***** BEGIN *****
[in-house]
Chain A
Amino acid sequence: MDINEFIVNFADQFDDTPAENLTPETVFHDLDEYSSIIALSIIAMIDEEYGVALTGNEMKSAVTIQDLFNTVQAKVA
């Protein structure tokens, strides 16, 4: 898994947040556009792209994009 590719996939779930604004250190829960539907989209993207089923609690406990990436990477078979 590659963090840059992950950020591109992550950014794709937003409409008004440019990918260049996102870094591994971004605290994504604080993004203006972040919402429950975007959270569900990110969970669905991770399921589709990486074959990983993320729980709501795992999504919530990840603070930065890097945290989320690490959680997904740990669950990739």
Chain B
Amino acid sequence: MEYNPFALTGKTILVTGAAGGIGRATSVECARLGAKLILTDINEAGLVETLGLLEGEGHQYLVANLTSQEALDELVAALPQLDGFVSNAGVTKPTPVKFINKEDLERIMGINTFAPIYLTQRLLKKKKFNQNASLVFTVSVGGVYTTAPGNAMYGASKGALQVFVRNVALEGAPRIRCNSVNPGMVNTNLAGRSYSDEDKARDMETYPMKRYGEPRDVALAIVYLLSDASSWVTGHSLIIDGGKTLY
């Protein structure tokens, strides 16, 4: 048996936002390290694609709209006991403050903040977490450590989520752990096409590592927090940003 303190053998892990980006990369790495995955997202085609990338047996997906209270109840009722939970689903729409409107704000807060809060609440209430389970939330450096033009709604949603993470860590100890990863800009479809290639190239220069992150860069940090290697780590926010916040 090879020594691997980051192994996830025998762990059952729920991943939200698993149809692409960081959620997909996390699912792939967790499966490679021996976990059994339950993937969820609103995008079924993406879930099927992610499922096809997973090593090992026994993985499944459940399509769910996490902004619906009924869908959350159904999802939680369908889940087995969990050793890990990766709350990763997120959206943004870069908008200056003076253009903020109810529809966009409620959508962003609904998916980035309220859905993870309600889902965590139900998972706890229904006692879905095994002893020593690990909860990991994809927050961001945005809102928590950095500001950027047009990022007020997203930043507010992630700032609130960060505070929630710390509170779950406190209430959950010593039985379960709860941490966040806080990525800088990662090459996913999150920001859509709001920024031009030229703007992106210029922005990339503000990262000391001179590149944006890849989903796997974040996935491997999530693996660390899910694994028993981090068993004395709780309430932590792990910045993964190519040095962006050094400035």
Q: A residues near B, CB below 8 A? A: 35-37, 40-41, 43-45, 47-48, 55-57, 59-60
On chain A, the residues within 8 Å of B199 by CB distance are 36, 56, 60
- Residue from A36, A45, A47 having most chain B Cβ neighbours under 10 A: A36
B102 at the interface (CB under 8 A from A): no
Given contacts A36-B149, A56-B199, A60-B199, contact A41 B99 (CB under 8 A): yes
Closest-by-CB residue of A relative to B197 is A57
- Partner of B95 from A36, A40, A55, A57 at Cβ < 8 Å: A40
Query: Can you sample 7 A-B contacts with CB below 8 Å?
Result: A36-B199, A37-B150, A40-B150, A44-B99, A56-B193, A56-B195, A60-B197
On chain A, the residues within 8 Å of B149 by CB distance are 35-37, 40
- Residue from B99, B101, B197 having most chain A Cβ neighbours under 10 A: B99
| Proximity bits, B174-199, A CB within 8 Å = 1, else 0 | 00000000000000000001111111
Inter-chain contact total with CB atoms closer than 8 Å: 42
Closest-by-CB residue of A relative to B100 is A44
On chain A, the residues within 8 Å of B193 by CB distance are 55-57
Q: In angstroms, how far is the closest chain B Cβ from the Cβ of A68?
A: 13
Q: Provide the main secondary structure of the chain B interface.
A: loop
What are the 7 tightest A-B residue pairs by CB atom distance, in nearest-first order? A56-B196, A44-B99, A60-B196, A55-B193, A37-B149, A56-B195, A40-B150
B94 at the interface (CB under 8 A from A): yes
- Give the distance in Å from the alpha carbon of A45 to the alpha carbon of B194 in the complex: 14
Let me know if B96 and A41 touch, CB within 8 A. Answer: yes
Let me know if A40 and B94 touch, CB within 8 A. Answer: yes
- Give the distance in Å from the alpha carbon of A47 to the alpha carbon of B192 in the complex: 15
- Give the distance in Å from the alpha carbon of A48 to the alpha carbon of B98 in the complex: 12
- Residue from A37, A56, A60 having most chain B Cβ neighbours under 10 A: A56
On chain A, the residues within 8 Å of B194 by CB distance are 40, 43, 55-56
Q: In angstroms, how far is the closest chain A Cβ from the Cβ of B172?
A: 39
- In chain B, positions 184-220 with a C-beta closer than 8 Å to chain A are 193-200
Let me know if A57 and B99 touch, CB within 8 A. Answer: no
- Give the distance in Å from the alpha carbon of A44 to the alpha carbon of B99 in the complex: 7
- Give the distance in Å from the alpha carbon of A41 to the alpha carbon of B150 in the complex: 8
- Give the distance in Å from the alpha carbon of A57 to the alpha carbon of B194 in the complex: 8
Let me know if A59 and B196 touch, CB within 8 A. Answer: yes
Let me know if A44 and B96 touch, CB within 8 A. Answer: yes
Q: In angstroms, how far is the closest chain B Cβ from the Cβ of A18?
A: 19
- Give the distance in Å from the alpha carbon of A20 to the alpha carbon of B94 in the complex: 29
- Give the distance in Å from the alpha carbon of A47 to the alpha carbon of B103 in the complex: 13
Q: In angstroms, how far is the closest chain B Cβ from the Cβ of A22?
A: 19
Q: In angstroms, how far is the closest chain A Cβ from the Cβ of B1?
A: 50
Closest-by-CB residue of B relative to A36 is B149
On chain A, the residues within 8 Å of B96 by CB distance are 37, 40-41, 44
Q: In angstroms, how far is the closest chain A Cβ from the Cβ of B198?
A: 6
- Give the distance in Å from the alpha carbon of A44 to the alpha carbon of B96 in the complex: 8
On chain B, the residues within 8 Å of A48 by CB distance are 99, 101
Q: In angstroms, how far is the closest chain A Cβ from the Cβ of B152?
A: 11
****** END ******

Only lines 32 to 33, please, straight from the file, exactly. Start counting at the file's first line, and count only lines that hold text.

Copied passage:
- Give the distance in Å from the alpha carbon of A47 to the alpha carbon of B192 in the complex: 15
- Give the distance in Å from the alpha carbon of A48 to the alpha carbon of B98 in the complex: 12